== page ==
IRFAN KHAN, a mechanical engineer from Brisbane, Australia, landed in Delhi on 22 March 2020. His status as an Overseas Citizen of India meant that he did not need a visa for what was meant to be a short visit to meet friends and family. From the airport, he and his wife went to a friend’s place in Batla House. Later that day, he visited the Nizamuddin headquarters of the Tablighi Jamaat, a Muslim revivalist organisation. At the Markaz, as the centre is called, he entered his name and current address in a register. He stayed there for an hour, then left.
At 1 am on 3 April, the police arrived at the Batla House address he had entered in the Markaz register. They told Khan that they were taking him into quarantine. He was packed into a mosquito-ridden ambulance with eight others and taken to a public school in New Friends Colony that, he told me, had “Pan Parag spit on its walls and broken windows.” Khan was told that he was exhibiting symptoms of COVID-19, even though he felt normal. Despite testing negative for the coronavirus, he would spend the next 62 days in the quarantine centre.
A 30-year-old Australian woman, who was quarantined in another floor of the public school, said she spent the two months in one room with three other women from another country. “There were language barriers, and all we had was broken Urdu and sign language to communicate in,” she told me. “We managed to wrap a cloth on the camera in the room, which was meant to record us 24/7. The only time we went outside the room was when we went to the washroom to relieve ourselves or to wash clothes, by hand, and dry them in the room itself.” Another woman, a US national, said the school was “really dirty, and there were so many mosquitos and insects. We slept on the floor.” Ramzan came and went. Nearby residents provided them some food, mosquito nets and kettles to make life a little easier.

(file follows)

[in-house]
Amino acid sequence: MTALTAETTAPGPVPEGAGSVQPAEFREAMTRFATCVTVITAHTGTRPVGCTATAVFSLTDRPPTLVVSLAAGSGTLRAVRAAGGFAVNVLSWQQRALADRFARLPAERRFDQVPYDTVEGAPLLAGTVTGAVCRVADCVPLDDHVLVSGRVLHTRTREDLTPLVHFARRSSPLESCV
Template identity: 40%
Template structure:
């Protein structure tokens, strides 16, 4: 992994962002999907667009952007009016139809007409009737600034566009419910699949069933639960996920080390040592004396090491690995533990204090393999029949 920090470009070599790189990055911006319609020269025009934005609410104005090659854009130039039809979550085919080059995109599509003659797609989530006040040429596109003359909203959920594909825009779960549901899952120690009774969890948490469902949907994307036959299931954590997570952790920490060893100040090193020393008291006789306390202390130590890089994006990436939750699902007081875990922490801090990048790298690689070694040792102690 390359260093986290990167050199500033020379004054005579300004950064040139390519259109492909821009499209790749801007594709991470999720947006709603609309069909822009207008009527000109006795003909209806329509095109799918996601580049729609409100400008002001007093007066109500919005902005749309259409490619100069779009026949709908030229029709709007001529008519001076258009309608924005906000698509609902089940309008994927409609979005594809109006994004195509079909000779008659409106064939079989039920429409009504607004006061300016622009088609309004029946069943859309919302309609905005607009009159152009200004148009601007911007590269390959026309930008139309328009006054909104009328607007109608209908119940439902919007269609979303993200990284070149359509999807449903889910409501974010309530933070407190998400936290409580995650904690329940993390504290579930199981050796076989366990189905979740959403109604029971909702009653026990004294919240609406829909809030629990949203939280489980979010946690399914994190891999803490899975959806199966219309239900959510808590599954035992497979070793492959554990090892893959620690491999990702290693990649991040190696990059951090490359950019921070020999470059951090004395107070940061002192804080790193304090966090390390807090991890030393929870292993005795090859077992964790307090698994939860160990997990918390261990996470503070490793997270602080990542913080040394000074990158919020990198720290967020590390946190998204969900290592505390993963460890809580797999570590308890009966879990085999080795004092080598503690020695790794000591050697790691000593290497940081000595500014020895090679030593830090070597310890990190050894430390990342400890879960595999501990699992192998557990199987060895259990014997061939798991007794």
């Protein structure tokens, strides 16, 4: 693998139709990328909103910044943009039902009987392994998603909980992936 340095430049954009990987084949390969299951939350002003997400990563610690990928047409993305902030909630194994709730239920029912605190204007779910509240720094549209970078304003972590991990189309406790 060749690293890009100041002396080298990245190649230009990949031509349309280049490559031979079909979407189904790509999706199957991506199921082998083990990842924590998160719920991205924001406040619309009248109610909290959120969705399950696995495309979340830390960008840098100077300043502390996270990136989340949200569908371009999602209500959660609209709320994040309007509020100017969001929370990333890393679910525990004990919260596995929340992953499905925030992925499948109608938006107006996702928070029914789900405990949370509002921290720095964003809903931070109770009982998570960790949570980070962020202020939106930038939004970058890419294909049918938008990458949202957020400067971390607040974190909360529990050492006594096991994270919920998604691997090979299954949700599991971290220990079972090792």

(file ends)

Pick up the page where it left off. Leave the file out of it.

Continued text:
The conditions at the quarantine centre were just part of the nightmare. As the Tablighi Jamaat became the focus of national attention as a “super spreader” of COVID-19, thousands of its members were charged with alleged noncompliance with lockdown orders and for violations of their visa conditions. Most of the accused entered plea bargains to expedite their return to their home countries. Khan was one of 44 members in Delhi who contested the charges. They were acquitted by a trial court on 15 December, after what one of their lawyers described as 150 hearings, 955 bail applications, five writ petitions, 44 discharge applications, 26 petitions to quash the first-information reports, 80 petitions to review court orders and 15 hearings before the Supreme Court.
Several foreigners told me that the police confiscated their phones, asked for the passwords and returned them only after two months. One member expressed the sense of violation they felt, “as the phone must have been cloned and copied and data downloaded.” He added that “absolutely nothing incriminating was found on them, as there is no mention of any phone conversation in the formal charges. What were they expecting to find?” (The Delhi police did not answer my questions about its investigation. The public-relations officer, Anil Mittal, asked me to speak to Joy Tirkey, the deputy commissioner for the crime branch, who did not respond to three phone calls and four text messages.)